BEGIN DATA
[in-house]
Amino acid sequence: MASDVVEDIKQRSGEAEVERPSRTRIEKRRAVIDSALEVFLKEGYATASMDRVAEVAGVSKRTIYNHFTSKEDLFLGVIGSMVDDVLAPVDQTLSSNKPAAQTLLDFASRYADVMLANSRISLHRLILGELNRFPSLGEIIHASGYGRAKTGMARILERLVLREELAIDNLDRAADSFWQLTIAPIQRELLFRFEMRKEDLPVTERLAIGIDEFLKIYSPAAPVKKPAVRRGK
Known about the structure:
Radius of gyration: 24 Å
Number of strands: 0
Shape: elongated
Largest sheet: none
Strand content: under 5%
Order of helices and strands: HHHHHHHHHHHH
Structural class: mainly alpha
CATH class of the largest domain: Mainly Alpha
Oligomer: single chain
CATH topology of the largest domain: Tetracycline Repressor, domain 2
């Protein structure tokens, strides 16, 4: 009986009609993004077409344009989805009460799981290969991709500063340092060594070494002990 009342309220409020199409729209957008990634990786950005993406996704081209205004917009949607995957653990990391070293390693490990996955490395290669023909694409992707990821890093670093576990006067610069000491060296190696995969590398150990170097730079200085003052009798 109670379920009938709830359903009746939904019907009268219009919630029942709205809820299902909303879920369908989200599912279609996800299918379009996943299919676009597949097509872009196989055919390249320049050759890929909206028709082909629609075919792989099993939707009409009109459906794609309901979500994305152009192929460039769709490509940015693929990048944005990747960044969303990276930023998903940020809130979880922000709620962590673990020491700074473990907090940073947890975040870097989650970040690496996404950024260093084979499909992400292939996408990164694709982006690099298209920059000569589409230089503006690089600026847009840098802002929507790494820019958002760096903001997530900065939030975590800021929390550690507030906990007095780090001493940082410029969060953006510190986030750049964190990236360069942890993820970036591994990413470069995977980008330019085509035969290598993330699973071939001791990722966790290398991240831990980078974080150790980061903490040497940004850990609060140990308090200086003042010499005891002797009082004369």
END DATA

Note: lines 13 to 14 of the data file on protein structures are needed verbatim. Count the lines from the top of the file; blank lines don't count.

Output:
CATH topology of the largest domain: Tetracycline Repressor, domain 2
């Protein structure tokens, strides 16, 4: 009986009609993004077409344009989805009460799981290969991709500063340092060594070494002990 009342309220409020199409729209957008990634990786950005993406996704081209205004917009949607995957653990990391070293390693490990996955490395290669023909694409992707990821890093670093576990006067610069000491060296190696995969590398150990170097730079200085003052009798 109670379920009938709830359903009746939904019907009268219009919630029942709205809820299902909303879920369908989200599912279609996800299918379009996943299919676009597949097509872009196989055919390249320049050759890929909206028709082909629609075919792989099993939707009409009109459906794609309901979500994305152009192929460039769709490509940015693929990048944005990747960044969303990276930023998903940020809130979880922000709620962590673990020491700074473990907090940073947890975040870097989650970040690496996404950024260093084979499909992400292939996408990164694709982006690099298209920059000569589409230089503006690089600026847009840098802002929507790494820019958002760096903001997530900065939030975590800021929390550690507030906990007095780090001493940082410029969060953006510190986030750049964190990236360069942890993820970036591994990413470069995977980008330019085509035969290598993330699973071939001791990722966790290398991240831990980078974080150790980061903490040497940004850990609060140990308090200086003042010499005891002797009082004369």